The NFU’s recent release provides a gateway for discussion about agrarian reform in Canada. It states:

“Community land trusts (CLTs) help provide a way forward. CLTs are non-profit corporations created to acquire and hold land for the benefit of a community. First developed by black farmers in the US in the 1960s, CLTs have evolved to help with many issues in the real estate, farmland and housing markets. We see great potential for Canadian CLTs to also secure and preserve farmland and to create avenues for farmland succession. The Agrarian Trust/Commons in the US is a great example, showing how CLTs can better manage equitable farmland leases and support longer term ecological best practices by separating ownership of housing from land ownership, and building a community of farmers with a long-term commitment to working together.”

In the United States, the Agrarian Trust is paving the way for a new model of ownership that is supporting community ownership of housing as well as farmland. The organization was launched in 2019, and is already providing opportunity, hope, and a way forward. The organization has supported the creation of 12 agrarian commons since inception, and has provided educational information and guidance on how to create a CLT in that country. It has committees operating nationally as well as in ten states.

The Schumacher Centre for new economics, also in the United States, helps to provide a historical perspective on how black farmers, the civil rights movement and other groups collaborated in the 1960s to advance community land rights.

In Canada the movement is younger, but it too has good examples. Many CLTs in Canada are based around urban land and aim to provide affordable housing in perpetuity. But increasingly the discussion is leading to how CLTs can provide opportunities for intergenerational transfer of farmland, and ways for a younger generation to practice farming. The Foodlands Cooperative of BC is one such organization, promoting cooperatives and farmland trusts. It also provides educational material and linkages within the BC agricultural community.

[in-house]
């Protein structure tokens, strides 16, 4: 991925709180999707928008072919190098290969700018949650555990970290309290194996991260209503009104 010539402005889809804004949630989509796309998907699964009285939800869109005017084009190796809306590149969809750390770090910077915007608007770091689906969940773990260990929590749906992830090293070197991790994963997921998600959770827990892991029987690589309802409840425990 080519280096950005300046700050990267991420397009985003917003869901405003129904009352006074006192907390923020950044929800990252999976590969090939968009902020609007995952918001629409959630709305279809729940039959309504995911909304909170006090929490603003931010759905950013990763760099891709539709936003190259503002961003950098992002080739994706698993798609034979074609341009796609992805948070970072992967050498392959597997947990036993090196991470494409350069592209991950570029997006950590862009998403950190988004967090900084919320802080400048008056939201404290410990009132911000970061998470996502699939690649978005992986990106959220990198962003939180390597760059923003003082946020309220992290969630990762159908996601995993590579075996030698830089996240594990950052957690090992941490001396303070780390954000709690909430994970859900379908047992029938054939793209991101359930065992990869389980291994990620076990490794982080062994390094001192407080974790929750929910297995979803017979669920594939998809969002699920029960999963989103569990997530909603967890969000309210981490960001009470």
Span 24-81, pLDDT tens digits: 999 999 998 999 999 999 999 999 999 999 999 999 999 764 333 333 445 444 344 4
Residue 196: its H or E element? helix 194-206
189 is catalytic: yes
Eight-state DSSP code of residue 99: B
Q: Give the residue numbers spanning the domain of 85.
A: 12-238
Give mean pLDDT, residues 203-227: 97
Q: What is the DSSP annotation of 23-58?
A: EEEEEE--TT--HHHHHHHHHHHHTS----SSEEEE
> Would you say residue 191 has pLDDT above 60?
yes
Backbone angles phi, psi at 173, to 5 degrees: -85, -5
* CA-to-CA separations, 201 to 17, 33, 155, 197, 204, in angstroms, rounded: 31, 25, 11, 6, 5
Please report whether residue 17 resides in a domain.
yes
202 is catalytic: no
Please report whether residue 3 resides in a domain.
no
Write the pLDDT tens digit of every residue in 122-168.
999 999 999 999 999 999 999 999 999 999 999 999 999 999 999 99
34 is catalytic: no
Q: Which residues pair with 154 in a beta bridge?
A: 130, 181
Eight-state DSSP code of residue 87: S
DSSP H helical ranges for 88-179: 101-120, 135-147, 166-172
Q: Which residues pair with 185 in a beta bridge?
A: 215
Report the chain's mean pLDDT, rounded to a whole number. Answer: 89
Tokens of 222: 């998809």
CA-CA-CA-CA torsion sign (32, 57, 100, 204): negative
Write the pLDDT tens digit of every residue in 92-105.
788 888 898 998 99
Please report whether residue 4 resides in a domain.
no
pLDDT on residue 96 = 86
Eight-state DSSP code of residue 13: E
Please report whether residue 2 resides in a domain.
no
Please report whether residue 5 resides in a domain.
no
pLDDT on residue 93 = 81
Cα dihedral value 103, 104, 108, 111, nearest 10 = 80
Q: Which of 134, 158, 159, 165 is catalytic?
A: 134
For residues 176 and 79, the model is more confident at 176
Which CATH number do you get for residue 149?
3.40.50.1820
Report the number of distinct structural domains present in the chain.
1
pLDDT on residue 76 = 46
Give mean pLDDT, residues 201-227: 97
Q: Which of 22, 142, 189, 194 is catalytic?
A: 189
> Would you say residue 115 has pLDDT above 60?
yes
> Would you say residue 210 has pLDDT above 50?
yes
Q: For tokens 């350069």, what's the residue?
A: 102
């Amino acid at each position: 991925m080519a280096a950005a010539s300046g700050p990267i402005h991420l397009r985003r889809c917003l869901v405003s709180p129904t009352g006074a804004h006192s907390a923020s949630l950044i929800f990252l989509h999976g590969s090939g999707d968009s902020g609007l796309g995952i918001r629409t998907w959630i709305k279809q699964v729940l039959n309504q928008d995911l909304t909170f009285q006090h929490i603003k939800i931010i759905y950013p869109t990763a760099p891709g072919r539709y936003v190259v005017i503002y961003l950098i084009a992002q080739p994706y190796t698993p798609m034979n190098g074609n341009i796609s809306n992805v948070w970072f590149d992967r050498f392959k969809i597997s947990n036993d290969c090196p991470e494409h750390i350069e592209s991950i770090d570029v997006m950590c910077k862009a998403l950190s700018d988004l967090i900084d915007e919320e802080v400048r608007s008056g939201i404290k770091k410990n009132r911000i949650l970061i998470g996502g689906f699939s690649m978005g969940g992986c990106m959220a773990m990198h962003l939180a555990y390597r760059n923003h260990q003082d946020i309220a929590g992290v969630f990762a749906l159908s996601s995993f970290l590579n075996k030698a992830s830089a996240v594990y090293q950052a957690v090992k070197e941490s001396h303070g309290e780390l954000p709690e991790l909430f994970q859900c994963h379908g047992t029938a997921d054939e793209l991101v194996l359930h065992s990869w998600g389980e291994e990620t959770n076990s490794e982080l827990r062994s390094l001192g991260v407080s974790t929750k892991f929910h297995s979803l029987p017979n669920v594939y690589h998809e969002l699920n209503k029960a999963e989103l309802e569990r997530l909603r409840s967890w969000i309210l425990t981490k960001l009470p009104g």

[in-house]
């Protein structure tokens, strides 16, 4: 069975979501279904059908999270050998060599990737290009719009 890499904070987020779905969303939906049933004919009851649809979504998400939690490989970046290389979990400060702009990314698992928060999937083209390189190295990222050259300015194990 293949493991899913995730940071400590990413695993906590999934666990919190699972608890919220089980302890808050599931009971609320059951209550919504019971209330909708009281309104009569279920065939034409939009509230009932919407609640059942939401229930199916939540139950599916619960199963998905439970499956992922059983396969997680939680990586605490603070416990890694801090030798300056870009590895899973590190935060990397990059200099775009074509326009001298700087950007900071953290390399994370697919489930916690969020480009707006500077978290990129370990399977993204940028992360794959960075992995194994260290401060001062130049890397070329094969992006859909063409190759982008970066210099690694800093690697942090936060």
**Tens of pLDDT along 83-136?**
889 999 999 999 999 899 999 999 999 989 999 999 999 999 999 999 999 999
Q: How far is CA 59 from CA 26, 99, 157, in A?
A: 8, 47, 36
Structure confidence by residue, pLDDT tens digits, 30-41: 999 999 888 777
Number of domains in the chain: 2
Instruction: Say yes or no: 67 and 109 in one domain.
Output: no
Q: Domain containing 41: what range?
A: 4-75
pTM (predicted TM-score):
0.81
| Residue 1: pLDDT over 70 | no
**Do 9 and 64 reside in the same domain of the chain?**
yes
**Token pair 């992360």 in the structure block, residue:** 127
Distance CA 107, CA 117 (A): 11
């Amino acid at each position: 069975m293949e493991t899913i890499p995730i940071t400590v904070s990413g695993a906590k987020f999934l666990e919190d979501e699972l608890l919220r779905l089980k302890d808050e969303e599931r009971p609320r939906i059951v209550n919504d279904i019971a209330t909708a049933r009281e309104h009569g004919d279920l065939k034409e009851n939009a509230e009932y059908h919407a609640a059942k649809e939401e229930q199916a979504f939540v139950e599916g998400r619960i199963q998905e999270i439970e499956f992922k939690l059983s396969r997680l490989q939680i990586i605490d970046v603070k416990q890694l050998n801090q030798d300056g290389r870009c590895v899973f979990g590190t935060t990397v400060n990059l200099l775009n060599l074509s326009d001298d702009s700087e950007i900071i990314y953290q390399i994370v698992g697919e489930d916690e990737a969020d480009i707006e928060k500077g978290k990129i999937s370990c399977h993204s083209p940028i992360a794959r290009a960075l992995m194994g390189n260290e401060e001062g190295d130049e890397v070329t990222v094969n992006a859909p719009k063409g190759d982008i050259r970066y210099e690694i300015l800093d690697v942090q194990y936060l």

There are also remarkable examples globally.

In Scotland, with the support of its national government, and no doubt a movement of organizers and activists lobbying for change, more than 1 million acres — which is huge for that country — has been designated for community ownership. Through the evolution and passage of three pieces of land reform legislation in 2003, 2015, and 2016, rural Scotland is seeing a significant change in land tenure and community rights. While there are of course many challenges, it is clear that there is a movement that has garnered government support to create a pathway away from a model of private property rights to one that favours human, community and environmental rights. Rural re-population is part of the vision in Scotland. This NFUniversity webinar, Land Reform Lessons from Scotland presented by Kirsten Shields, helps to explain the trajectory of Scottish land reform and new community rights to owning land.

So bit by bit, the sharing of ideas, and discussions on new models, can make a difference.

While petitions need signatures, this is also a story of why changes in tax law can remove barriers to justice, and in this case open the door to community land rights. It also shows that unusual alliances and actions can forge the beginnings of change.

Lois L. Ross has spent the past 30 years working in Communications for a variety of non-profit organizations in Canada, including the North-South Institute.

Lois Ross
Lois Ross
  Lois L. Ross has spent the past 30 years working in Communications for a variety of non-profit organizations in Canada, including the North-South Institute.
Notify of

Inline Feedbacks
View all comments

Latest Articles

Would love your thoughts, please comment.x